22 August 2010

Bad apples

must go

This is more or less my intuitive sense. You get it from watching basketball teams assemble their rosters. More than one knucklehead at a time and your season is fucked. But mainly you get it from working around incompetent people or in incompetent organisations. It's obvious to people who could jump ship, so they jump. Or they sink with the rest. In general, an atmosphere of laziness or a peer pressure to do only minimal quality and quantities of work, for fixed pay, will prevail over the occasional star quality worker. They will do less because less is asked of them and because when more is delivered they feel excluded or punished.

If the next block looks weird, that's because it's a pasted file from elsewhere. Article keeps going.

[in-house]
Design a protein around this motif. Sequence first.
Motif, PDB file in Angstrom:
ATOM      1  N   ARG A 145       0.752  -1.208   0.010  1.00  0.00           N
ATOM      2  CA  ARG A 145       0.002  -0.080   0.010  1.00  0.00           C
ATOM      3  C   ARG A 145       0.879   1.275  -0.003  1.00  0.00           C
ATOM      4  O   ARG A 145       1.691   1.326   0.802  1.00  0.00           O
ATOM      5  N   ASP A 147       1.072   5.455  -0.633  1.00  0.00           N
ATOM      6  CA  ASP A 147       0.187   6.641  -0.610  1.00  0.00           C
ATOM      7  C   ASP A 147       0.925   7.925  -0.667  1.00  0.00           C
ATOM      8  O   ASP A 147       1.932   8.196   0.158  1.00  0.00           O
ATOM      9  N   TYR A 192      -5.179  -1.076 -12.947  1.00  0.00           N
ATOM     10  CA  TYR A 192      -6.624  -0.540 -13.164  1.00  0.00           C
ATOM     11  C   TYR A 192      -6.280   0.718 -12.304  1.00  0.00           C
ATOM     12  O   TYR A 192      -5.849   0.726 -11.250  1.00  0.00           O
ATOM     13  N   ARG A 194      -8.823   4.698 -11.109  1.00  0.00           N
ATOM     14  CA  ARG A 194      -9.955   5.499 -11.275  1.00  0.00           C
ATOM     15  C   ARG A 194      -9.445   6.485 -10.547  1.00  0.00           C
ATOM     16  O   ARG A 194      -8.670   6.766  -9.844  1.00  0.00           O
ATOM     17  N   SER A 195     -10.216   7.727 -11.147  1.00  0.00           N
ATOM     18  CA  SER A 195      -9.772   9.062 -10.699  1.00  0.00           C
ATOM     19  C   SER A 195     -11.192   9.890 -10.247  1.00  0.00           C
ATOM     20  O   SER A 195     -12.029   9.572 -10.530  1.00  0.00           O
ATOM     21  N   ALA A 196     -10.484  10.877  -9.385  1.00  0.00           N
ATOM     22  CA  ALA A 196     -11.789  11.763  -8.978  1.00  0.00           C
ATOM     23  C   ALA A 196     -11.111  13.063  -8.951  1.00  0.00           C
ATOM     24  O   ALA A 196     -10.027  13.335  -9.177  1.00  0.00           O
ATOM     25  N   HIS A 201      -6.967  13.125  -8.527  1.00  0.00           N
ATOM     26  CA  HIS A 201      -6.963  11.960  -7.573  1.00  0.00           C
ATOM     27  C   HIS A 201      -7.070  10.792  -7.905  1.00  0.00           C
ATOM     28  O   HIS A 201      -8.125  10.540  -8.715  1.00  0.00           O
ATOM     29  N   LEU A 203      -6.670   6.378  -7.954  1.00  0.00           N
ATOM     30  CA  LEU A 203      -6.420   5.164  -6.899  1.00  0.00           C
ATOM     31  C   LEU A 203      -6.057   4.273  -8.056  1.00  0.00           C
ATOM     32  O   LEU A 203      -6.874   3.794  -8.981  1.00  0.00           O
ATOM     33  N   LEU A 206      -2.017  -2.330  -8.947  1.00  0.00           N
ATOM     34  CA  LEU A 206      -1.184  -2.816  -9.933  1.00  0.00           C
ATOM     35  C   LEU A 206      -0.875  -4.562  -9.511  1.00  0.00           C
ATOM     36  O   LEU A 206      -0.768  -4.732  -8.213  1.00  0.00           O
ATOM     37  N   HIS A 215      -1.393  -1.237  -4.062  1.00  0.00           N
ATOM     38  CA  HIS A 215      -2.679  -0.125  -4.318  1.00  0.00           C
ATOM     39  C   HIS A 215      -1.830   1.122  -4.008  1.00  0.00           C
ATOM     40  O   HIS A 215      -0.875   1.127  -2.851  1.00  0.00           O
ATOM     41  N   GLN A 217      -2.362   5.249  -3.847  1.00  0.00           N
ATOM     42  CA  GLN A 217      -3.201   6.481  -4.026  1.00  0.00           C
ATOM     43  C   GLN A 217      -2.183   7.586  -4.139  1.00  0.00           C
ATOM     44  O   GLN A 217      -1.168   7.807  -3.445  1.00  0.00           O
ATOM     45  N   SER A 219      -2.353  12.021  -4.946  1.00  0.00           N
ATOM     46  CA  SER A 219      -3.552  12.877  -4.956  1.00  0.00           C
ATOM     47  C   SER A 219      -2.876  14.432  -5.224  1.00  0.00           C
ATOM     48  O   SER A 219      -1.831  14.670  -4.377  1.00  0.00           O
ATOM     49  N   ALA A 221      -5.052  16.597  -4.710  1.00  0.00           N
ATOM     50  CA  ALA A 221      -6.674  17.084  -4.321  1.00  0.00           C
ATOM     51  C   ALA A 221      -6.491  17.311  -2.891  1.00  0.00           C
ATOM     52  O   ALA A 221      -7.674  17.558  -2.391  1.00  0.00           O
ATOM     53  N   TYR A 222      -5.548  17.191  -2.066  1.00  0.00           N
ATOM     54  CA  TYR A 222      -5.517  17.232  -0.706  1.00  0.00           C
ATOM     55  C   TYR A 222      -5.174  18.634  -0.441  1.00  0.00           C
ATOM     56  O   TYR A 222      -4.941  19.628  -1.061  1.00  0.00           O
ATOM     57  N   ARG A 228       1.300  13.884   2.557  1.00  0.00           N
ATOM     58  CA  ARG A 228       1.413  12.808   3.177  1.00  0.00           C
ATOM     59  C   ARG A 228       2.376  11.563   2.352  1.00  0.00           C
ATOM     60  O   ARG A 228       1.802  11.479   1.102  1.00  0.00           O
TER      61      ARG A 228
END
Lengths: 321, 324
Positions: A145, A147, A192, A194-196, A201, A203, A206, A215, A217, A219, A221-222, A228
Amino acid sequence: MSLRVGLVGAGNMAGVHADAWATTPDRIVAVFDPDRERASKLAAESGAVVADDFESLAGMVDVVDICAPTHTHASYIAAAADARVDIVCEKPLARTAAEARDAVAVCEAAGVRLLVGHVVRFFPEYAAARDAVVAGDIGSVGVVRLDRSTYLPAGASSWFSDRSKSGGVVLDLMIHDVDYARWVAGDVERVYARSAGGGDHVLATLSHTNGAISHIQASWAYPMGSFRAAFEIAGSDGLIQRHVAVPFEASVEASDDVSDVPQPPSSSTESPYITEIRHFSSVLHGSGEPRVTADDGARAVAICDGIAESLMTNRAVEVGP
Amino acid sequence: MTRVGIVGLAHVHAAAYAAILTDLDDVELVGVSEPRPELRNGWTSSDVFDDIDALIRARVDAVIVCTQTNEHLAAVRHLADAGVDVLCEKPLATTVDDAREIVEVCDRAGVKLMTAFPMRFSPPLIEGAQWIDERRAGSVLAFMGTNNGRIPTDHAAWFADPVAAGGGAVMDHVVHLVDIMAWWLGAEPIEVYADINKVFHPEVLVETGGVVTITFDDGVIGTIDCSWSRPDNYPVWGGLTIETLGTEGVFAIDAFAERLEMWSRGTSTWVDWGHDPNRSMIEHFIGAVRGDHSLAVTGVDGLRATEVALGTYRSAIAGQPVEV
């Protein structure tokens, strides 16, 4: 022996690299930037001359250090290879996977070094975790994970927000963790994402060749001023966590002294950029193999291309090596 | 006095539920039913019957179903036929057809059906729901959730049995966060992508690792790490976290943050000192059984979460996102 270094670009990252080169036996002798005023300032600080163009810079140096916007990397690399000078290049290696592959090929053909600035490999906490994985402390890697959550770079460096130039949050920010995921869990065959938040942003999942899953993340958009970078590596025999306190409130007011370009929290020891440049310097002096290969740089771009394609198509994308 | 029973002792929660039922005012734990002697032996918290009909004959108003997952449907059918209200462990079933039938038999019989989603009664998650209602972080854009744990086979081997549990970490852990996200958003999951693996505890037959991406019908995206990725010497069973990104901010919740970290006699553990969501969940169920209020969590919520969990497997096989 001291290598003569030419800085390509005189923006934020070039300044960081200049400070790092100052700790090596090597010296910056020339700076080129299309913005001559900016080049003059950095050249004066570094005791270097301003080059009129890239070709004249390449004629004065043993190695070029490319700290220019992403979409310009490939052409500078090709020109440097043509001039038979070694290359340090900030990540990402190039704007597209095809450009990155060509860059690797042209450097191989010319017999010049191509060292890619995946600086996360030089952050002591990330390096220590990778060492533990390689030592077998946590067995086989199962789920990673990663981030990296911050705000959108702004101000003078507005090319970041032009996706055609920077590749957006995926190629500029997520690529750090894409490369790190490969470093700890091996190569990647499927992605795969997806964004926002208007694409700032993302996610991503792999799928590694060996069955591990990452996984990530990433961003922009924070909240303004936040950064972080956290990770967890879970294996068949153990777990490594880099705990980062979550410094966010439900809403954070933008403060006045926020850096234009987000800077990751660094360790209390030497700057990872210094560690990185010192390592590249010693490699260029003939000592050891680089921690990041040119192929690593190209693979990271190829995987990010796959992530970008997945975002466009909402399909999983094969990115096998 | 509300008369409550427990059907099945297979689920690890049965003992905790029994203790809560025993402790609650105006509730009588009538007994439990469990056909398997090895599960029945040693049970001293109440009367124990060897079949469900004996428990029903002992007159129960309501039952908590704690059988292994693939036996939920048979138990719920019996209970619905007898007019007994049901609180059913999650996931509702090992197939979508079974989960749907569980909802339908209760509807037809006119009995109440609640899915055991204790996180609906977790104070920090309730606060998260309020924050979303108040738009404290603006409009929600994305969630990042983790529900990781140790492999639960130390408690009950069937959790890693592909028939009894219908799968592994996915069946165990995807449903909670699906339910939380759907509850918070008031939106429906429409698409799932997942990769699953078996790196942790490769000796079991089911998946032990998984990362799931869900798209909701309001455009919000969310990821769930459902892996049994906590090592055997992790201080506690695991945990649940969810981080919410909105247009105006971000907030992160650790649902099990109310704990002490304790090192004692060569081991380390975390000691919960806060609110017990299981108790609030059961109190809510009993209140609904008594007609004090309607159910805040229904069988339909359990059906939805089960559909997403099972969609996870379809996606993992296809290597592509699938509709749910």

Ideally you'd deal with this by paying an efficiency wage for efficiency based work (rather than creative work, which must be handled differently). Except that too has the same peer pressures and so you eventually end up where you started.

In most companies it comes down to a few people who are doing more than everybody else but aren't getting any more for doing it, either because they don't know they should be or because the rest of the workforce prevents them from seeing that they should. In the best companies it may still come down to a few people doing the work, but they would be getting the credit for doing so. And spreading it around themselves to those who deserve it (who had earned it by supportive effort rather than hindrance or impediment to successful work) from there. Rather than bad apples proliferating, you get the good ones in charge and directing the flow of traffic for management (management so far as I can tell merely nurtures this process, it has little ability to actually run the floor).
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